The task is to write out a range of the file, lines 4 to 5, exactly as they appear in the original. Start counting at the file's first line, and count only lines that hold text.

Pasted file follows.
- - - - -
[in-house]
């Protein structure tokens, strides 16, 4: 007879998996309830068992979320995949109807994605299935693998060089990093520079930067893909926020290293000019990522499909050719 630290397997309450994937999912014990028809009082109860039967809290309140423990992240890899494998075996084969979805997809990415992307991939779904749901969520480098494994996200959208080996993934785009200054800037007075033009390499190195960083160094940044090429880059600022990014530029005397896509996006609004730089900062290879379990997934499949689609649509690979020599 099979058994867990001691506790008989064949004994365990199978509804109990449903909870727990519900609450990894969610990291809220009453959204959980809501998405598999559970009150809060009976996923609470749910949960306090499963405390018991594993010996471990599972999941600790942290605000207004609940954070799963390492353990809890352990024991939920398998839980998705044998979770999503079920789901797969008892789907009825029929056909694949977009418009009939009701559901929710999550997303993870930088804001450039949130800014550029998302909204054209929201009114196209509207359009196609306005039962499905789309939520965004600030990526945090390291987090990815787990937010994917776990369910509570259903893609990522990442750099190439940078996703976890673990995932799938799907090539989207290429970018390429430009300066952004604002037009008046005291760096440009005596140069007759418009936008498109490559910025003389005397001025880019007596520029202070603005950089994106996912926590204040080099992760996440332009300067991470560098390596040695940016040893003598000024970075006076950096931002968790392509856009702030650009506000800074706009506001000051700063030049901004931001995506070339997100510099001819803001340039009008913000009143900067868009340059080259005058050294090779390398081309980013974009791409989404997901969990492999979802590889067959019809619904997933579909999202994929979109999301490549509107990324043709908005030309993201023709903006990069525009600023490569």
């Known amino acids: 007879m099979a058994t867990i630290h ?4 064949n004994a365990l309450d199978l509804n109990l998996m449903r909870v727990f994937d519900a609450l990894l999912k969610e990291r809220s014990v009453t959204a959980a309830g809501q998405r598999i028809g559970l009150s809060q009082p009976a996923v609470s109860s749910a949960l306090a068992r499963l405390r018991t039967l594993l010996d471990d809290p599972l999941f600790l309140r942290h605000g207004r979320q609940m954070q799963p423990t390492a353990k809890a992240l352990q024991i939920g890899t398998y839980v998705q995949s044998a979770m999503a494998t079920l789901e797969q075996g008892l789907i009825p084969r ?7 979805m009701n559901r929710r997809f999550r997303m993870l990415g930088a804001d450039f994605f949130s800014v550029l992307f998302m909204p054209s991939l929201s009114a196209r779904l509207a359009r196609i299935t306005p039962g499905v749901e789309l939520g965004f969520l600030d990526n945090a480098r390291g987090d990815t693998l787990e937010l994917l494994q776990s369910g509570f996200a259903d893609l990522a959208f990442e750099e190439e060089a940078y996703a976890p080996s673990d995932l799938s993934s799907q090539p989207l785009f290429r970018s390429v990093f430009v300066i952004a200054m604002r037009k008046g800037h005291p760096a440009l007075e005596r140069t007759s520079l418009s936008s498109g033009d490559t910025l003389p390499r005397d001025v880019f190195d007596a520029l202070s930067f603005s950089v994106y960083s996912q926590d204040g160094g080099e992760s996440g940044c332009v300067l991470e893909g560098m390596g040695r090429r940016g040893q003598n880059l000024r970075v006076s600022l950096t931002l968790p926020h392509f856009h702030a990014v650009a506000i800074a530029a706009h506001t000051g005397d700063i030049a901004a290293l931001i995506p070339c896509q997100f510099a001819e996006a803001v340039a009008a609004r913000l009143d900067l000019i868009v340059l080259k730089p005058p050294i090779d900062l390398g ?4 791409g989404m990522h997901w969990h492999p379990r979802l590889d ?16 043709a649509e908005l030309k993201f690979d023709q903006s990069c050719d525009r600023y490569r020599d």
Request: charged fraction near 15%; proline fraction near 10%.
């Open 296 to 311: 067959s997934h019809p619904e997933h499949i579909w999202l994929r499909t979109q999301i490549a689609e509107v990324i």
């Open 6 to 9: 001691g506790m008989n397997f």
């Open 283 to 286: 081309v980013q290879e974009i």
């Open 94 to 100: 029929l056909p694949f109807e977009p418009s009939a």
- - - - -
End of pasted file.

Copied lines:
Request: charged fraction near 15%; proline fraction near 10%.
């Open 296 to 311: 067959s997934h019809p619904e997933h499949i579909w999202l994929r499909t979109q999301i490549a689609e509107v990324i």